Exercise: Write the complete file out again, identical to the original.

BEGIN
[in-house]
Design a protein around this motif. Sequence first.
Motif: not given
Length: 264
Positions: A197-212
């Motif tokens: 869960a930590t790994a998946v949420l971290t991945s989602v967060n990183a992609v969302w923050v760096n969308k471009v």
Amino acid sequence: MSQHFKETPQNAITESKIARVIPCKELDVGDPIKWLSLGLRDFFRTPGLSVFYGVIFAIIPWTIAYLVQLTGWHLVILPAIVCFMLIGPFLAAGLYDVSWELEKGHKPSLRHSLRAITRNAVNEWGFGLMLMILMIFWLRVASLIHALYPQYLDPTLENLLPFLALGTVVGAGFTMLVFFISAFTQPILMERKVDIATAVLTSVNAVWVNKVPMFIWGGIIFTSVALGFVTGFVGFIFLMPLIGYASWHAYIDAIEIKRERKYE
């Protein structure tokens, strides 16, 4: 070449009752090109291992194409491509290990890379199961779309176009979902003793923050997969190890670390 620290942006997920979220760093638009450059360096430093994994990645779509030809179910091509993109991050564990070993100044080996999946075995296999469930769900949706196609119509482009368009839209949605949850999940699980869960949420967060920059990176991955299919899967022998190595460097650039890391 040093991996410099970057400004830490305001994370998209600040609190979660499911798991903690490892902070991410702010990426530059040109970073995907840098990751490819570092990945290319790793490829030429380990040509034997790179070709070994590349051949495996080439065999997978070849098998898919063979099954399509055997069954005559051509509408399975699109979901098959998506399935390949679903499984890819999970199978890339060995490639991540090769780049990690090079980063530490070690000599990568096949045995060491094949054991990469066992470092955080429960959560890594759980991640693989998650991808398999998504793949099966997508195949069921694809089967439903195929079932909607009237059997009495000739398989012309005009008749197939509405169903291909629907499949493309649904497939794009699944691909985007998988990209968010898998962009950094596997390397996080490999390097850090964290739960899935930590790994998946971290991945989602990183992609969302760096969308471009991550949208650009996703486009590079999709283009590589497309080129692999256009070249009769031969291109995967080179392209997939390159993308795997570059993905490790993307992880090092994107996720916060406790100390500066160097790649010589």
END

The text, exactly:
[in-house]
Design a protein around this motif. Sequence first.
Motif: not given
Length: 264
Positions: A197-212
């Motif tokens: 869960a930590t790994a998946v949420l971290t991945s989602v967060n990183a992609v969302w923050v760096n969308k471009v």
Amino acid sequence: MSQHFKETPQNAITESKIARVIPCKELDVGDPIKWLSLGLRDFFRTPGLSVFYGVIFAIIPWTIAYLVQLTGWHLVILPAIVCFMLIGPFLAAGLYDVSWELEKGHKPSLRHSLRAITRNAVNEWGFGLMLMILMIFWLRVASLIHALYPQYLDPTLENLLPFLALGTVVGAGFTMLVFFISAFTQPILMERKVDIATAVLTSVNAVWVNKVPMFIWGGIIFTSVALGFVTGFVGFIFLMPLIGYASWHAYIDAIEIKRERKYE
């Protein structure tokens, strides 16, 4: 070449009752090109291992194409491509290990890379199961779309176009979902003793923050997969190890670390 620290942006997920979220760093638009450059360096430093994994990645779509030809179910091509993109991050564990070993100044080996999946075995296999469930769900949706196609119509482009368009839209949605949850999940699980869960949420967060920059990176991955299919899967022998190595460097650039890391 040093991996410099970057400004830490305001994370998209600040609190979660499911798991903690490892902070991410702010990426530059040109970073995907840098990751490819570092990945290319790793490829030429380990040509034997790179070709070994590349051949495996080439065999997978070849098998898919063979099954399509055997069954005559051509509408399975699109979901098959998506399935390949679903499984890819999970199978890339060995490639991540090769780049990690090079980063530490070690000599990568096949045995060491094949054991990469066992470092955080429960959560890594759980991640693989998650991808398999998504793949099966997508195949069921694809089967439903195929079932909607009237059997009495000739398989012309005009008749197939509405169903291909629907499949493309649904497939794009699944691909985007998988990209968010898998962009950094596997390397996080490999390097850090964290739960899935930590790994998946971290991945989602990183992609969302760096969308471009991550949208650009996703486009590079999709283009590589497309080129692999256009070249009769031969291109995967080179392209997939390159993308795997570059993905490790993307992880090092994107996720916060406790100390500066160097790649010589």